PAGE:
Deloitte: Premier League spends more than ever before

29 August 2014 2 min. read
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Spending by Premier League in the current summer transfer window has already broken all records, reveals an analysis from Deloitte. The current spending total of £725 million surpasses last year’s previous record by almost £100 million, while there still are four days to go.

The analysis from accounting and consulting firm Deloitte shows that over the past decade Premier League clubs have massively boosted their transfer budgets, from around £300 million between 2003 and 2007 to the current £725 million (just for the summer window). The overlage majority of the spending is done in the summer transfer window. An overview:

Premier Leaque clubs - Annual gross tranfer fee 2014/15

“This summer transfer window is one of records.  It has so far seen a higher level of spending than in any previous window, with a new record gross spend in a single window for a single Premier League club, and has included a record transfer fee for an individual player in English football (the transfer of Angel Di Maria to Manchester United),” says Dan Jones, partner in Deloitte’s Sports Business Group. Given that there still are four days to go, he expects the number to rise even further: “Considering that in each of the last two summer windows more than 20% of total Premier League clubs’ spending has occurred on deadline day, there is still potential for a significant increase in that figure.”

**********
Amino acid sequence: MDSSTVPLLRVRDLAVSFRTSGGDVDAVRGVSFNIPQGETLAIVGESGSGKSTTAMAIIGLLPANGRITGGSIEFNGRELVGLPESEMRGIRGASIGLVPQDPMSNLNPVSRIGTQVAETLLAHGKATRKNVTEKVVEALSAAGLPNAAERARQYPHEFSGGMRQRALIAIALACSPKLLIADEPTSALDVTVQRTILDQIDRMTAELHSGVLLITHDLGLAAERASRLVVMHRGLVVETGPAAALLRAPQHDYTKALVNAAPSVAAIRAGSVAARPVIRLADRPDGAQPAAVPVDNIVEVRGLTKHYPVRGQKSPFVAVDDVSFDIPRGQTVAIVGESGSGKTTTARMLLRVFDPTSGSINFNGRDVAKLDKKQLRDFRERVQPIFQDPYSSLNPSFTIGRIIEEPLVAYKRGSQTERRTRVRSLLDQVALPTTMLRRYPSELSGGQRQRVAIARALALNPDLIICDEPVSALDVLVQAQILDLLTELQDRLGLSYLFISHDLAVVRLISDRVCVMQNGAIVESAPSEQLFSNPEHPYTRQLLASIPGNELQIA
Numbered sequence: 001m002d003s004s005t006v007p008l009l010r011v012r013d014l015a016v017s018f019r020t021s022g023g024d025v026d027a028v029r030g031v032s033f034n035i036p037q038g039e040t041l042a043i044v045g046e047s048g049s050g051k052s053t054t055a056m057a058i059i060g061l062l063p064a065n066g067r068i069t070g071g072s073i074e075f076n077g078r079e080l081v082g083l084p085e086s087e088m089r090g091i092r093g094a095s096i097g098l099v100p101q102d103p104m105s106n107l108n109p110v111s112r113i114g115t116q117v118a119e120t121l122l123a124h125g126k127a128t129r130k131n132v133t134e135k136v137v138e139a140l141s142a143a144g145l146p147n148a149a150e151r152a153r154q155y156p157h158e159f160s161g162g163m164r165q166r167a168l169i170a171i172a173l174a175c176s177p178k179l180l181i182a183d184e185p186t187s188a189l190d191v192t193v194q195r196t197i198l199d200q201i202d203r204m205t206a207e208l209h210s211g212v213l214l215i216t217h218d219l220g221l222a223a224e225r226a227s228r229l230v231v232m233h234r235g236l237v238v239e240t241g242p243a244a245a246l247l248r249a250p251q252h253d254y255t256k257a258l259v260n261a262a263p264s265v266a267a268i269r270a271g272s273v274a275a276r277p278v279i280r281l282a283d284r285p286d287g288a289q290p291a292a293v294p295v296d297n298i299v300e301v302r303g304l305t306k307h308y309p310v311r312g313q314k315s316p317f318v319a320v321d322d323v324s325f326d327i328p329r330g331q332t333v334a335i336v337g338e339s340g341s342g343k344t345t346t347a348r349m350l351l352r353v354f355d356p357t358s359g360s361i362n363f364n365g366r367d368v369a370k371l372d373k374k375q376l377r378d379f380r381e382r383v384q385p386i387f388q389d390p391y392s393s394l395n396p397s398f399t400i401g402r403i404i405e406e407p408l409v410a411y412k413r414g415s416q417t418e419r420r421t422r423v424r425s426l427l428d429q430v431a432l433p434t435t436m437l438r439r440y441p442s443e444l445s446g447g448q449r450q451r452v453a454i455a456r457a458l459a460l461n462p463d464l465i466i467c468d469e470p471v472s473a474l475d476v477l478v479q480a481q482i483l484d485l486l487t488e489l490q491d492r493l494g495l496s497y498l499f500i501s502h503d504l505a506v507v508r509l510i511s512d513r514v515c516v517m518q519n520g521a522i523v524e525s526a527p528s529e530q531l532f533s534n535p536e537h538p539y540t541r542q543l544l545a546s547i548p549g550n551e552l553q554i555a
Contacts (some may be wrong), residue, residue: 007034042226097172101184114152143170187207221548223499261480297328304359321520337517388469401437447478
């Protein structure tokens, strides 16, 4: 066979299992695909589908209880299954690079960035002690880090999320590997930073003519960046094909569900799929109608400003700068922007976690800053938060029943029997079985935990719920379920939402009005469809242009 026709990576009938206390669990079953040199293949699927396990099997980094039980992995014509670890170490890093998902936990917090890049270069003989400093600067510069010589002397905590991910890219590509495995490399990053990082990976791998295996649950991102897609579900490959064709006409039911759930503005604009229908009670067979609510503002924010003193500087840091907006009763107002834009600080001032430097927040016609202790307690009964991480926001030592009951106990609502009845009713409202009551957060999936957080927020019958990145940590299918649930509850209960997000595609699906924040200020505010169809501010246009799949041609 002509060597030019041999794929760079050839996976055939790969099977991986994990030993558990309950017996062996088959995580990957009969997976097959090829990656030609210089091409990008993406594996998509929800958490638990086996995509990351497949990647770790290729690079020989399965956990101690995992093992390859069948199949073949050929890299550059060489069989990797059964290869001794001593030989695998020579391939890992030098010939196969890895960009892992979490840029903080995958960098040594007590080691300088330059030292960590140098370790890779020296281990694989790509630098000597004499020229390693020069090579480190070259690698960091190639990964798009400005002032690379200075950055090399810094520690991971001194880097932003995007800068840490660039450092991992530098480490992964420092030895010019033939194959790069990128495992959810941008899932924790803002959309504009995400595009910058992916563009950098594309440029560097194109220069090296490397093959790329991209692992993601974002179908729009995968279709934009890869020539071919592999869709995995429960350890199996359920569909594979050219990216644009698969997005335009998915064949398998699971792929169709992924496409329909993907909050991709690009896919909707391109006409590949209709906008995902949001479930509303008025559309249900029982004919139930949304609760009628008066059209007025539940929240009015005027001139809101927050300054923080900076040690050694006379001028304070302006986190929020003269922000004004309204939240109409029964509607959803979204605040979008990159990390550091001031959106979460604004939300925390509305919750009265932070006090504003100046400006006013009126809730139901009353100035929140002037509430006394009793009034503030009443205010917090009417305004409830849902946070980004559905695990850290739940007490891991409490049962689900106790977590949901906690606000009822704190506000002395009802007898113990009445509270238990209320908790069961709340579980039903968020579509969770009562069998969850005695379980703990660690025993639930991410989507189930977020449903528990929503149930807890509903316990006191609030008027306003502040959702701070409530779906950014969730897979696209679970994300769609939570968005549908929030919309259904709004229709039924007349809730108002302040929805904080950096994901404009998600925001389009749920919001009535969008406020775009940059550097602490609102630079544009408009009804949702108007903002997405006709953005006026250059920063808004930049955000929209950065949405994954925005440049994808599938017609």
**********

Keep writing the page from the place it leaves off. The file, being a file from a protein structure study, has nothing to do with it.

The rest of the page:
The higher transfer budgets are according to Jones mainly the result of improved broadcast deals. “Last season the average Premier League club received around £25 million more in central broadcast distributions than they did in 2012/13,” explains the sports consultant.

Premier Leaque clubs - Annual gross transfer fee 2003-2014

Once again foreign competitions are the largest hunting ground for Premier League clubs, currently accounting for roughly 65% of the total transfer spend. £195 million has exchanged hands within England’s top-flight and £55 million has been paid to the Football League – clubs that operate in the professional divisions under the Premier League.